Memory Dump Analysis Anthology, Volume 2, Revised Edition
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Memory Dump Analysis Anthology, Volume 2, Revised Edition

About the Book

This reference volume consists of revised, edited, cross-referenced, and thematically organized articles from Software Diagnostics Institute and Software Diagnostics Library (former Crash Dump Analysis blog) written in January - September 2008. In addition to various corrections, this major revision updates relevant links and removes obsolete references. Some articles are preserved for historical reasons. Most of the content, especially memory analysis pattern language, is still relevant today and for the foreseeable future. The output of WinDbg commands is also remastered to include color highlighting. Crash dump analysis pattern names are also corrected to reflect the continued expansion of the catalog.

Compared to the first revised volume, the second revised volume features:

  • 44 more crash dump analysis patterns
  • Pattern interaction and case studies
  • Fully cross-referenced with Volume 1
  • New appendixes

The primary audience for Memory Dump Analysis Anthology reference volumes is: software engineers developing and maintaining products on Windows platforms, technical support, escalation, and site reliability engineers dealing with complex software issues, quality assurance engineers testing software on Windows platforms, security and vulnerability researchers, reverse engineers, malware and memory forensics analysts.

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    • .NET
    • C and C++
    • Testing
    • Computer Hardware
    • Resiliency
    • Computer Security
    • Software Architecture
    • Software Engineering
    • Computer Science
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About the Author

Dmitry Vostokov
Dmitry Vostokov

Dmitry Vostokov is an internationally recognized expert, speaker, educator, scientist, inventor, and author. He is the founder of pattern-oriented software diagnostics, forensics, and prognostics discipline (Systematic Software Diagnostics), and Software Diagnostics Institute. Vostokov has also authored more than 50 books on software diagnostics, anomaly detection and analysis, software and memory forensics, root cause analysis and problem solving, memory dump analysis, debugging, software trace and log analysis, reverse engineering and malware analysis. He has more than 25 years of experience in software architecture, design, development and maintenance in a variety of industries including leadership, technical and people management roles. Dmitry also founded Syndromatix,, BriteTrace, DiaThings, Logtellect, OpenTask Iterative and Incremental Publishing, Software Diagnostics Technology and Services (former Memory Dump Analysis Services), and Software Prognostics. In his spare time, he presents various topics on Debugging TV and explores Software Narratology, its further development as Narratology of Things and Diagnostics of Things (DoT), Software Pathology, and Quantum Software Diagnostics. His current areas of interest are theoretical software diagnostics and its mathematical and computer science foundations, application of formal logic, artificial intelligence, machine learning and data mining to diagnostics and anomaly detection, software diagnostics engineering and diagnostics-driven development, diagnostics workflow and interaction. Recent interest areas also include cloud native computing, security, automation, functional programming, applications of category theory to software diagnostics, development and big data, and diagnostics of artificial intelligence.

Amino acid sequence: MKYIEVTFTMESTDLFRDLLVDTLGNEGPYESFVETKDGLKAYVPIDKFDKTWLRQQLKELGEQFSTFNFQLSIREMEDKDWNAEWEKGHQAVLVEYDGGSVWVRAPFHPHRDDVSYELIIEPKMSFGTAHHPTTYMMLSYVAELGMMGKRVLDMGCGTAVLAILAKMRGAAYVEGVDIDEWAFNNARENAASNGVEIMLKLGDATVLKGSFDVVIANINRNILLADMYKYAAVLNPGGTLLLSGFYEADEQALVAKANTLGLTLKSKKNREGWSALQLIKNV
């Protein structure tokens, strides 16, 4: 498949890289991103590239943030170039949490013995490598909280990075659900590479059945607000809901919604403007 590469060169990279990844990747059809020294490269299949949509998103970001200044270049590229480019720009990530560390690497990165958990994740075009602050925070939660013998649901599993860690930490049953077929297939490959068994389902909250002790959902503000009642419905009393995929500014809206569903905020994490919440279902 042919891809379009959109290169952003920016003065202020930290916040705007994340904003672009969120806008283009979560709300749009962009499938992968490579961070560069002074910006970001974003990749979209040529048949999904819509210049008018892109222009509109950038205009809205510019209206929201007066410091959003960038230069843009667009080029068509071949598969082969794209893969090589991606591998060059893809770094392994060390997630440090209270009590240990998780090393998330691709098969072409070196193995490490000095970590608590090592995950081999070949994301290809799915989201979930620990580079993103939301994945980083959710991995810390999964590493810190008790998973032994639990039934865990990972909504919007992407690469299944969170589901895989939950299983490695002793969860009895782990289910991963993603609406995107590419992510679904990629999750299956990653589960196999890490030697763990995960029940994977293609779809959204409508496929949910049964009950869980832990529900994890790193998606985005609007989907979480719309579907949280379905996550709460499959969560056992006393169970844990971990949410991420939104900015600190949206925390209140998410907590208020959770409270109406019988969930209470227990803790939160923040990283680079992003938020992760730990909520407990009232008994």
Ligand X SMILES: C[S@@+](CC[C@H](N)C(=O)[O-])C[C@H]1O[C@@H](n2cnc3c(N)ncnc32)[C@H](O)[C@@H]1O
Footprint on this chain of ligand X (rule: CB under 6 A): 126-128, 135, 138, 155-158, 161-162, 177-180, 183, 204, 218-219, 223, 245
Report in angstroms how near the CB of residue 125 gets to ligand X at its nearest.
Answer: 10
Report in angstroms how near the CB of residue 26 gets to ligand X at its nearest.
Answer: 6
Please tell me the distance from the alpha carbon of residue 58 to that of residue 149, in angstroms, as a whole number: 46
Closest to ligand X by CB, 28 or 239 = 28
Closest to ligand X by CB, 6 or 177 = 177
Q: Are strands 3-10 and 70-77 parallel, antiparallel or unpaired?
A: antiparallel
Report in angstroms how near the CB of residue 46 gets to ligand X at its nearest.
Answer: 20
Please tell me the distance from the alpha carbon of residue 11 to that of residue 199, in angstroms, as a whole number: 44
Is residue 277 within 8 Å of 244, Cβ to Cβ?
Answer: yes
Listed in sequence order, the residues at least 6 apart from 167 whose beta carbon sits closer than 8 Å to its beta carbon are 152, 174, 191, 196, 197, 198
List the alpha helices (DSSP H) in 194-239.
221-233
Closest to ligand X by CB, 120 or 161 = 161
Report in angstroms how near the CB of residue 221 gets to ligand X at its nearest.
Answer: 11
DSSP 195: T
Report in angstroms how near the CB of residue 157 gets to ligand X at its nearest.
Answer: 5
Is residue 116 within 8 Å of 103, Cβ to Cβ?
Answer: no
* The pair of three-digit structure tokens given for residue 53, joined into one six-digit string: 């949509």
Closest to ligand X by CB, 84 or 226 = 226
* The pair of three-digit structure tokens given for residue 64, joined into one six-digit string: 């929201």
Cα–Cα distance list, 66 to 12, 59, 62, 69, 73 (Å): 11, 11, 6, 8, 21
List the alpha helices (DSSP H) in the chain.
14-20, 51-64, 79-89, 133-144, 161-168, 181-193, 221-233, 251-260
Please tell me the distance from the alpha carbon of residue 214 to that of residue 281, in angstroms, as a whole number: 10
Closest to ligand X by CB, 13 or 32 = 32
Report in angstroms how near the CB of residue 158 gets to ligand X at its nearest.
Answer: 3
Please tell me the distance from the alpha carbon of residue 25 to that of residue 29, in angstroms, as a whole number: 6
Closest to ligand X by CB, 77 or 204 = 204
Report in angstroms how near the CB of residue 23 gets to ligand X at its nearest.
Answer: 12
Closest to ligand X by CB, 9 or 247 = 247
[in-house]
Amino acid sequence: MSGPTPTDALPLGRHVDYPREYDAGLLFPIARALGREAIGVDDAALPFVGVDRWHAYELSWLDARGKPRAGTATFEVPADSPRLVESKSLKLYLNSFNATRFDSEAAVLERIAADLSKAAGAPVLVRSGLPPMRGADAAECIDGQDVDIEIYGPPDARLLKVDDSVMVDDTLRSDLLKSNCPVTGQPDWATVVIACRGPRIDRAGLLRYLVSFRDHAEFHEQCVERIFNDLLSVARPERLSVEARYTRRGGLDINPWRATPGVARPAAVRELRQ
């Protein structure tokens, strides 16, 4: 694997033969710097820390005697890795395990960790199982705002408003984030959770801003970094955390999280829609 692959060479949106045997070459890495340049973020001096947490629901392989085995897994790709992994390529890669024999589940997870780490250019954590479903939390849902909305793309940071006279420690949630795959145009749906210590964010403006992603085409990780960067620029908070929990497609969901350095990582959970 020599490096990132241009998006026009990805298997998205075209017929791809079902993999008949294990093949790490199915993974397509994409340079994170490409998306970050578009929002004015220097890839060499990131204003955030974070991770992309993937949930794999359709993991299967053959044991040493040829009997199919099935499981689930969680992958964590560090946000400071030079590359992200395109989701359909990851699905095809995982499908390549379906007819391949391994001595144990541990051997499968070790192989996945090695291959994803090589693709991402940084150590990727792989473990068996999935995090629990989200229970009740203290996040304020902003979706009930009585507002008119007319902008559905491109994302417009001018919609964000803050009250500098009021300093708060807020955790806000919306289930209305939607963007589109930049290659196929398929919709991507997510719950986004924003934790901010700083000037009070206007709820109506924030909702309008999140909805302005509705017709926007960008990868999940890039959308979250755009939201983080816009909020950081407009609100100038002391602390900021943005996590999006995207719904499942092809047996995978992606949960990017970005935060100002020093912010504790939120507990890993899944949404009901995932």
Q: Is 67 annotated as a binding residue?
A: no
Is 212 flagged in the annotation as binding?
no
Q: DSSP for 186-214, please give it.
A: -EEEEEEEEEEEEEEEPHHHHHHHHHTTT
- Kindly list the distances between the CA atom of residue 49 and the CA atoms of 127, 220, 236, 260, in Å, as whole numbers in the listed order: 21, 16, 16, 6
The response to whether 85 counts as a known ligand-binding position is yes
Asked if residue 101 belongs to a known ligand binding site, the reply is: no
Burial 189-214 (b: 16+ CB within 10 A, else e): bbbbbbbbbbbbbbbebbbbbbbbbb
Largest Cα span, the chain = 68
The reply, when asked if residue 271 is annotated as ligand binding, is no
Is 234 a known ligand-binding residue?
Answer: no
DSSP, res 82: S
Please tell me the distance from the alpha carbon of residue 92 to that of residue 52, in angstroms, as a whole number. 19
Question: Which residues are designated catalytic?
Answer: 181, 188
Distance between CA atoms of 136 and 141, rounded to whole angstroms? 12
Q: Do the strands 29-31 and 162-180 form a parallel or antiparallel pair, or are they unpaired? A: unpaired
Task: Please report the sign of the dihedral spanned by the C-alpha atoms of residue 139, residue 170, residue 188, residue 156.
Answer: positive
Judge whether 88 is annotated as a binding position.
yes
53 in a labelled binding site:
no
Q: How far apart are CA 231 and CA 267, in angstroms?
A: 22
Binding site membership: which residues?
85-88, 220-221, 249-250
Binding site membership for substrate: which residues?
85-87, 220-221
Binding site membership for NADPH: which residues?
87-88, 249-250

Dmitry Vostokov

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Table of Contents

Preface 15

Acknowledgments 17

About the Author 18

PART 1: Crash Dumps for Beginners 19

The Time of the Crash 19

Stack Trace 20

EasyDbg 22

Citrix Symbol Server 27

PART 2: Professional Crash Dump Analysis 29

WinDbg Scripts 29

Introduction for C/C++ Users 29

Generating File Name for .dump Command 37

All at Once: Postmortem Logs and Dump Files 38

Common Mistakes 39

Not Looking at Full Stack Traces 39

Not Seeing Semantic and Pragmatic Inconsistencies 41

Pattern Interaction 43

Heuristic Stack Trace 43

Multiple Patterns 50

Exception and Deadlock 55

Heap and Spike 59

Hooksware 63

Heap and Early Crash Dump 65

WinDbg Shortcuts 67

WinDbg as a Binary Editor 67

Command Autocompletion 70

!envvar 71

.quit_lock 72

.dumpcab 73

.f+, .f- 74